It’s easy to see how we, as humans, have become so dependent on technology. Personally, it’s sad to think that a big step for me, recently, is that I now turn my wi-fi off before I go to bed. Today, technology does more than just aid us in mechanical ways, it also aids us both emotionally and socially. With the social media boom, more and more people look to online platforms to engage and connect both socially and emotionally with others. Things that used to be only experienced in person can now also be done remotely, such as watch concerts, go to weddings, and even take part in sexual encounters. Animal welfare researcher Dr. Jean-Loup Rault has now taken this one step further by claiming that robotic pets could become a reality within the next 10 years. Rault, a researcher from the University of Melbourne, states that as the global human population increases, “real” pets will become too much of a luxury and will need to be replaced by virtual or robotic pets. Are you ready for a mechanical pal?
Not only does Rault believe that robotic k9s will surpass real ones, he also believes that humans will be able to actually form meaningful relationships with their robotic companions. People in Japan have already shown these connections, as Rault comments, “Pet robotics has come a long way from the Tamagotchi craze of the mid-90s. In Japan, people are becoming so attached to their robot dogs that they hold funerals for them when the circuits die.” An example of one of these robotic dogs already on the market is the Sony Aibo dog, which has been shown to evoke caring emotions in children. Research has shown, however, that most people place Aibo in a status between pet and machine, so they haven’t yet beaten out their furry brethren.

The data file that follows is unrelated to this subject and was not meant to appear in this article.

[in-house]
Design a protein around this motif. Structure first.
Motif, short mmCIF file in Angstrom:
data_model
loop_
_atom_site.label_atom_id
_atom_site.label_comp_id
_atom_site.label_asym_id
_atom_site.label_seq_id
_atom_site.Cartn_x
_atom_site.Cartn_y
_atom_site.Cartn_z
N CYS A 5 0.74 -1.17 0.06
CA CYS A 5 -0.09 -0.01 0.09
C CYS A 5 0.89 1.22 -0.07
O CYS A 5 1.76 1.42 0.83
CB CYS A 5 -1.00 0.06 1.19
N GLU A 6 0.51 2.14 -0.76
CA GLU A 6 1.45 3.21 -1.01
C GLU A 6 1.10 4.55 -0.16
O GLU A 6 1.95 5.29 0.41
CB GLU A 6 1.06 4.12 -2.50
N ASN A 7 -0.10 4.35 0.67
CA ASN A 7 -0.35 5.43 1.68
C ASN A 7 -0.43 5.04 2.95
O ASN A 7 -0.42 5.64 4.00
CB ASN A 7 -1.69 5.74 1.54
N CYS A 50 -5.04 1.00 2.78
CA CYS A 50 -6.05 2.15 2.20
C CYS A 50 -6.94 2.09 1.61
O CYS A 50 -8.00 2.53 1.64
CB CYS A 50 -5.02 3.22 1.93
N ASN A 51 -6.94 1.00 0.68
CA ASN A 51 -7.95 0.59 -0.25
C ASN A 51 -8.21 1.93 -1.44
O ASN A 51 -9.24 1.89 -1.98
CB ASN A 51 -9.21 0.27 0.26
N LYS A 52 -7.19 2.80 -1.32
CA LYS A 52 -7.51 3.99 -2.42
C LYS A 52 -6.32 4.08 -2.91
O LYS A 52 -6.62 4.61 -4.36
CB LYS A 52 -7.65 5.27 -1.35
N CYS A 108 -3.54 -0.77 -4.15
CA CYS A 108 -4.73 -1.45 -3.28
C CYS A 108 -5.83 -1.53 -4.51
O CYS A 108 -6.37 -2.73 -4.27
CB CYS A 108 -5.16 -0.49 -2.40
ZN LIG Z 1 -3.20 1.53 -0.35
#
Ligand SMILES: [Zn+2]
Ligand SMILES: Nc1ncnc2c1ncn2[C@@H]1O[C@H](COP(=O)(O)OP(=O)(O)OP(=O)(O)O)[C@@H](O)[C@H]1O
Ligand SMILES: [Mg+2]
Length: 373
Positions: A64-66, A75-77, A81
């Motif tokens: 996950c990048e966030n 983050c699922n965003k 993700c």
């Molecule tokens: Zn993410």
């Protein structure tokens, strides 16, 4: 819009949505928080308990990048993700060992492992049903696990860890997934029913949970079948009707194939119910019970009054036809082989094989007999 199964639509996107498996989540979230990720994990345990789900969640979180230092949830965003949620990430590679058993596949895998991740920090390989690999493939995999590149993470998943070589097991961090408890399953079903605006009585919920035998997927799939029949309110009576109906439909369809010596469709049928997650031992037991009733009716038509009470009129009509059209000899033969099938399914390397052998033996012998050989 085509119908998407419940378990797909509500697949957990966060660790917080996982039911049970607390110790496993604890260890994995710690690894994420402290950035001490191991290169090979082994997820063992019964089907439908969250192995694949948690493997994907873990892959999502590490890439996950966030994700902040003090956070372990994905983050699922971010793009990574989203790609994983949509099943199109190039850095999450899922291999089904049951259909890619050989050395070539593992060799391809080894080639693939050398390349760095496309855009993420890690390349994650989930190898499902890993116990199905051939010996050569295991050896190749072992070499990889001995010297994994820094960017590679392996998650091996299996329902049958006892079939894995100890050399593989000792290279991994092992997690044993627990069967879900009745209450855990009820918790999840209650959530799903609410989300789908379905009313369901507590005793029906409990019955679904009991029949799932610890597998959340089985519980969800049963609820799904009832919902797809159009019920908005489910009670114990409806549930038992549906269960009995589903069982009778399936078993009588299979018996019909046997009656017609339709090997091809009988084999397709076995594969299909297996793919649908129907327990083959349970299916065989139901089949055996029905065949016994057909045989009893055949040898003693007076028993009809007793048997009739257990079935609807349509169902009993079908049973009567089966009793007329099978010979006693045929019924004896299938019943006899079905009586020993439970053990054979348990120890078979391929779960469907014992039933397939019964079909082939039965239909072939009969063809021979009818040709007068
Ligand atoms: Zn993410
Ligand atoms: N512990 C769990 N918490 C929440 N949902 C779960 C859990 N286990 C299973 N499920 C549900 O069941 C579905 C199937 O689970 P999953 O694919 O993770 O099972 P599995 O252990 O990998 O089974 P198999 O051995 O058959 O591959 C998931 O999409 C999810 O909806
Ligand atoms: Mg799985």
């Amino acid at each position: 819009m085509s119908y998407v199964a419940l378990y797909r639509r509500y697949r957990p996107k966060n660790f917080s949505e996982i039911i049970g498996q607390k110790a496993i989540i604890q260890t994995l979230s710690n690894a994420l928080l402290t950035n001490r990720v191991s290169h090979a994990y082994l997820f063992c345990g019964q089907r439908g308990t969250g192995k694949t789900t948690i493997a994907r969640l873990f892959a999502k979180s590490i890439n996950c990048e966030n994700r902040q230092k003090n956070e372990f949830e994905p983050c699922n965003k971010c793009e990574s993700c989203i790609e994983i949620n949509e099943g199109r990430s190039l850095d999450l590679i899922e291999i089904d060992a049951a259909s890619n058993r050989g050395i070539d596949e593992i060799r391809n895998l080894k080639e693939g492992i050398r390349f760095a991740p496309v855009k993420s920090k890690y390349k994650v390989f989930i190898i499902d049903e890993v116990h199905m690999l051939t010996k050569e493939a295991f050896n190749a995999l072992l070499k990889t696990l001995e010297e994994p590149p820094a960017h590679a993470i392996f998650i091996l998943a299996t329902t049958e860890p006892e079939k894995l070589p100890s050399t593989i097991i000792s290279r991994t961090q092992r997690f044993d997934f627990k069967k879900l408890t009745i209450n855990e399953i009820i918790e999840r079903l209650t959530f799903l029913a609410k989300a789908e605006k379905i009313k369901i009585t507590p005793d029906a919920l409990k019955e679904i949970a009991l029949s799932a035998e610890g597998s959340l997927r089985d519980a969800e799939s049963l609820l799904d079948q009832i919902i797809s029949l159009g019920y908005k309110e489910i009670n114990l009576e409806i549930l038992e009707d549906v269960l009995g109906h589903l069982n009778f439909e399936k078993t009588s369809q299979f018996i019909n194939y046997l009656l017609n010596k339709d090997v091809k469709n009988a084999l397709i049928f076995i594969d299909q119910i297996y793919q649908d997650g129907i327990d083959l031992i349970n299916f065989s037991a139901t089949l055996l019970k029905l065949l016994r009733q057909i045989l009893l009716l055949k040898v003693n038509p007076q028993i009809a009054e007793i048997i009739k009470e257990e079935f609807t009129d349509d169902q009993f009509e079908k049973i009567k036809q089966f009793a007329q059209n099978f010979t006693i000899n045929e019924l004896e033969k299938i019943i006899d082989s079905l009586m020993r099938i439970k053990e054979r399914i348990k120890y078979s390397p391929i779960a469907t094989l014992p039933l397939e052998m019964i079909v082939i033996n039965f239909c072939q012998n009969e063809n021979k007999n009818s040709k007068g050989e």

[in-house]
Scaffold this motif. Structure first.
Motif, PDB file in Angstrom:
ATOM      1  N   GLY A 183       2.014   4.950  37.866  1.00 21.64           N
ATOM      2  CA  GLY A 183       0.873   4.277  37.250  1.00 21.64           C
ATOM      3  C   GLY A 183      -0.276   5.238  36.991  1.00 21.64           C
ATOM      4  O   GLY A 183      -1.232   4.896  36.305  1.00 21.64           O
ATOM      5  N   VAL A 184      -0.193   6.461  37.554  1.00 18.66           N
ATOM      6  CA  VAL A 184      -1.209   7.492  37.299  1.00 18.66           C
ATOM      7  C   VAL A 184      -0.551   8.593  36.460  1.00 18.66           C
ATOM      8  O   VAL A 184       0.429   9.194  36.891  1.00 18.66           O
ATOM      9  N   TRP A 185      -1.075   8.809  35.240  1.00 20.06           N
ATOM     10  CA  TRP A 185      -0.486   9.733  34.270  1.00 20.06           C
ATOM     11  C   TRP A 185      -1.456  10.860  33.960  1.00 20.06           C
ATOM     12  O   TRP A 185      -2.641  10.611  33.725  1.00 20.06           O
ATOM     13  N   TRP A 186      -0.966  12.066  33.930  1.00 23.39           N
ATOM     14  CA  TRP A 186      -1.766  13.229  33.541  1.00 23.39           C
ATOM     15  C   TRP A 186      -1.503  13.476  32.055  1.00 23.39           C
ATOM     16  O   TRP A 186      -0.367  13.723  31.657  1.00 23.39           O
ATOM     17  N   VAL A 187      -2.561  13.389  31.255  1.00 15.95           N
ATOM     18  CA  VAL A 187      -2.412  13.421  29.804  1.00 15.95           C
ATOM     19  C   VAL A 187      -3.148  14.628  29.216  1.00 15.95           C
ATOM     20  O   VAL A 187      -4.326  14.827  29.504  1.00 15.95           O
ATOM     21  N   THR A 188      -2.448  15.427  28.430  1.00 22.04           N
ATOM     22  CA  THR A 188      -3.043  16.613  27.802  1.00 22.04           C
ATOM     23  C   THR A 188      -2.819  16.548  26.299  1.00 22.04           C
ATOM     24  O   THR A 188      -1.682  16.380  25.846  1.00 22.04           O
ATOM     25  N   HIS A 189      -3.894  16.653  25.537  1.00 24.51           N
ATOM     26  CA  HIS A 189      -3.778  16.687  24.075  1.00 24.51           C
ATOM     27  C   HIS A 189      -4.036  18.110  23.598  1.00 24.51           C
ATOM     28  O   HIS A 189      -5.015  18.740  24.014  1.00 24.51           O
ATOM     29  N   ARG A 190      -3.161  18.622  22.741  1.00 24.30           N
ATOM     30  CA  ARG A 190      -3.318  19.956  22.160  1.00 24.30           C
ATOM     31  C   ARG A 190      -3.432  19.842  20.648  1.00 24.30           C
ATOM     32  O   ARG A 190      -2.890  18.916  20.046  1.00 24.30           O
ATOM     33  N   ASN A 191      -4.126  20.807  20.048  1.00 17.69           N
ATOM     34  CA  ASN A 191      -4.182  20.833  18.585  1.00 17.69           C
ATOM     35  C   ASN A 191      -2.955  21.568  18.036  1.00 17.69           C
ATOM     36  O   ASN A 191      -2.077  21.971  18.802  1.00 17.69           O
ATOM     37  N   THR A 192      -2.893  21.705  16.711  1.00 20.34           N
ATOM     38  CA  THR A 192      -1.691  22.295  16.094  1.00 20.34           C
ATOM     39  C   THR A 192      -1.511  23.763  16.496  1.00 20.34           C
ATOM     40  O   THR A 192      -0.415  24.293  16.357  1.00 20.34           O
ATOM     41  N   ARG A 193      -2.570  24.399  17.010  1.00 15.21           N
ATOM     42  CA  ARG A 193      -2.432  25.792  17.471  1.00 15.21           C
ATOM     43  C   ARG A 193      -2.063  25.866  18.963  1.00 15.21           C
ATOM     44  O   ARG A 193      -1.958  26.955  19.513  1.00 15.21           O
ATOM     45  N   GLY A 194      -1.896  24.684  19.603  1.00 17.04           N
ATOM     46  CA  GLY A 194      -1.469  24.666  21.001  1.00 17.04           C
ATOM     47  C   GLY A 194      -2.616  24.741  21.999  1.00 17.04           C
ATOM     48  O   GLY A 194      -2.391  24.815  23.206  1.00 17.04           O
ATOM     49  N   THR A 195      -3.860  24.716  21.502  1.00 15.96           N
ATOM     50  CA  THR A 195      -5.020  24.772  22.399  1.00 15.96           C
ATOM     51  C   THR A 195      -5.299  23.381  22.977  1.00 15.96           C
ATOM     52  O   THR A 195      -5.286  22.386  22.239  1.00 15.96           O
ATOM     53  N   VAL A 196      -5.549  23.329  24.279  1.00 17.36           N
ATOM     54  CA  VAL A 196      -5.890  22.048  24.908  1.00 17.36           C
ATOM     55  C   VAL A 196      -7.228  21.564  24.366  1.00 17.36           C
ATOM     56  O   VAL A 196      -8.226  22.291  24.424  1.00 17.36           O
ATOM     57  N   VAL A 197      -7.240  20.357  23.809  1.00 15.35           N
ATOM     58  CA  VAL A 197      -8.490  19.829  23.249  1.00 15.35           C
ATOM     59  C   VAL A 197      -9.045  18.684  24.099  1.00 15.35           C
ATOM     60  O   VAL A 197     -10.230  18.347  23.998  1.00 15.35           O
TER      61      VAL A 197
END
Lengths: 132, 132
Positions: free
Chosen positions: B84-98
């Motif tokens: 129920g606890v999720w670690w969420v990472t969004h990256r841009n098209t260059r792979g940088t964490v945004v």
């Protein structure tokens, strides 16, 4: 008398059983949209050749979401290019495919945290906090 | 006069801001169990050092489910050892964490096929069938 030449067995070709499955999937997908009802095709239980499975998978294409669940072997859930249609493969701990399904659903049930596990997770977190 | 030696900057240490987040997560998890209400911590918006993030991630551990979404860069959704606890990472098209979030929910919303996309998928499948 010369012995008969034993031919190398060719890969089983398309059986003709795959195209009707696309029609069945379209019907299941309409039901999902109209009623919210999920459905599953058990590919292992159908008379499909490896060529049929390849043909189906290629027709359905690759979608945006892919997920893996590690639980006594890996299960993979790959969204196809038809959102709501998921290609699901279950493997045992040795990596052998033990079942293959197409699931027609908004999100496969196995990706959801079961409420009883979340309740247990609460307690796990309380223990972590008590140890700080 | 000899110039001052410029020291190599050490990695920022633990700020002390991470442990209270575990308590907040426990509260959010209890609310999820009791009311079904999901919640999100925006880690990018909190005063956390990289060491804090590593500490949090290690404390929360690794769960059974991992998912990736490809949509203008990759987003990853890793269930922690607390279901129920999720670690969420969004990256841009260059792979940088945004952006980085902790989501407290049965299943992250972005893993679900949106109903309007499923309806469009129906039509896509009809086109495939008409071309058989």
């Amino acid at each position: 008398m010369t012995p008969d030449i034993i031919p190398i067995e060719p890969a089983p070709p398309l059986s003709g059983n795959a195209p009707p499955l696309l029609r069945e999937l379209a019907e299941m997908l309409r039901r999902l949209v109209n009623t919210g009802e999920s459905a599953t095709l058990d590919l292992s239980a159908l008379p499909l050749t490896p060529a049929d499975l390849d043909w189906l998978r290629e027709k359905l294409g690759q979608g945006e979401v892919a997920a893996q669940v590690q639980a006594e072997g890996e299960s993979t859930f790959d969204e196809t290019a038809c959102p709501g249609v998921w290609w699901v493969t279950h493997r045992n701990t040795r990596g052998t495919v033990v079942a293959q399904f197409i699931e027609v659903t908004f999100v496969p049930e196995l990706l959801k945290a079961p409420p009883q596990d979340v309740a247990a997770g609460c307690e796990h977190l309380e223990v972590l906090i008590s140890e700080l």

In theory, though, there are actually some benefits to having these robotic pets. They would not require any food, water, or exercise, and yet still provide all the positive traits of pets, such as obedience, dependence, companionship, and love. Plus you don’t have to house train them. If humans are able to develop relationships with robotic pets, however, what does that mean about our current relationships with living pets? Rault speculates, ” Robots can, without a doubt, trigger human emotions. If artificial pets can produce the same benefits we get from live pets, does that mean that our emotional bond with animals is really just an image that we project on to our pets?”, which is kind of worrisome.
For real answers, though, we’ll just have to wait and see if robotic pets can take hold in the future. But personally, all I can picture when I hear “robotic pets” is a glorified Furbee! But what about you? Do you think you could bond with a robotic dog or cat? Let us know!